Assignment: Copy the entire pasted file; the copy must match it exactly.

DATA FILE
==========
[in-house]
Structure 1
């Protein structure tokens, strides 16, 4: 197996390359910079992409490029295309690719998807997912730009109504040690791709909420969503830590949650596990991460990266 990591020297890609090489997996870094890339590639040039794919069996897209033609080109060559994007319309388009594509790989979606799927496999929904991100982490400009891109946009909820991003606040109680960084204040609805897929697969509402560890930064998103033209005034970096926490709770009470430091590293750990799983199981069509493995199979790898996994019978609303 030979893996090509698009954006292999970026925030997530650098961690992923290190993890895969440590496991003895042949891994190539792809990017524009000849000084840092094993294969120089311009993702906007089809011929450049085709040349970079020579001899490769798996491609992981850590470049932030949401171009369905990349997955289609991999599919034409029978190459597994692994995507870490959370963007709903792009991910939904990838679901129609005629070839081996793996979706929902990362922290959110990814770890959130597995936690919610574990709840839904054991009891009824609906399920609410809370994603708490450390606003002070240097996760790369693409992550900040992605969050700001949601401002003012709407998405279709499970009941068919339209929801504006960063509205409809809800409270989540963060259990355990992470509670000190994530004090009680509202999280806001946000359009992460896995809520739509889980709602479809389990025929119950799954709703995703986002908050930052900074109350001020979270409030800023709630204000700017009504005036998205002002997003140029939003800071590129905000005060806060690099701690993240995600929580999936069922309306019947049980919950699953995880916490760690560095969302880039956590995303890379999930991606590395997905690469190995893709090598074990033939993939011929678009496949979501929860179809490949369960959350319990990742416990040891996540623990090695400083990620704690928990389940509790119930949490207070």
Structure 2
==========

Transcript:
[in-house]
Structure 1
């Protein structure tokens, strides 16, 4: 197996390359910079992409490029295309690719998807997912730009109504040690791709909420969503830590949650596990991460990266 990591020297890609090489997996870094890339590639040039794919069996897209033609080109060559994007319309388009594509790989979606799927496999929904991100982490400009891109946009909820991003606040109680960084204040609805897929697969509402560890930064998103033209005034970096926490709770009470430091590293750990799983199981069509493995199979790898996994019978609303 030979893996090509698009954006292999970026925030997530650098961690992923290190993890895969440590496991003895042949891994190539792809990017524009000849000084840092094993294969120089311009993702906007089809011929450049085709040349970079020579001899490769798996491609992981850590470049932030949401171009369905990349997955289609991999599919034409029978190459597994692994995507870490959370963007709903792009991910939904990838679901129609005629070839081996793996979706929902990362922290959110990814770890959130597995936690919610574990709840839904054991009891009824609906399920609410809370994603708490450390606003002070240097996760790369693409992550900040992605969050700001949601401002003012709407998405279709499970009941068919339209929801504006960063509205409809809800409270989540963060259990355990992470509670000190994530004090009680509202999280806001946000359009992460896995809520739509889980709602479809389990025929119950799954709703995703986002908050930052900074109350001020979270409030800023709630204000700017009504005036998205002002997003140029939003800071590129905000005060806060690099701690993240995600929580999936069922309306019947049980919950699953995880916490760690560095969302880039956590995303890379999930991606590395997905690469190995893709090598074990033939993939011929678009496949979501929860179809490949369960959350319990990742416990040891996540623990090695400083990620704690928990389940509790119930949490207070």
Structure 2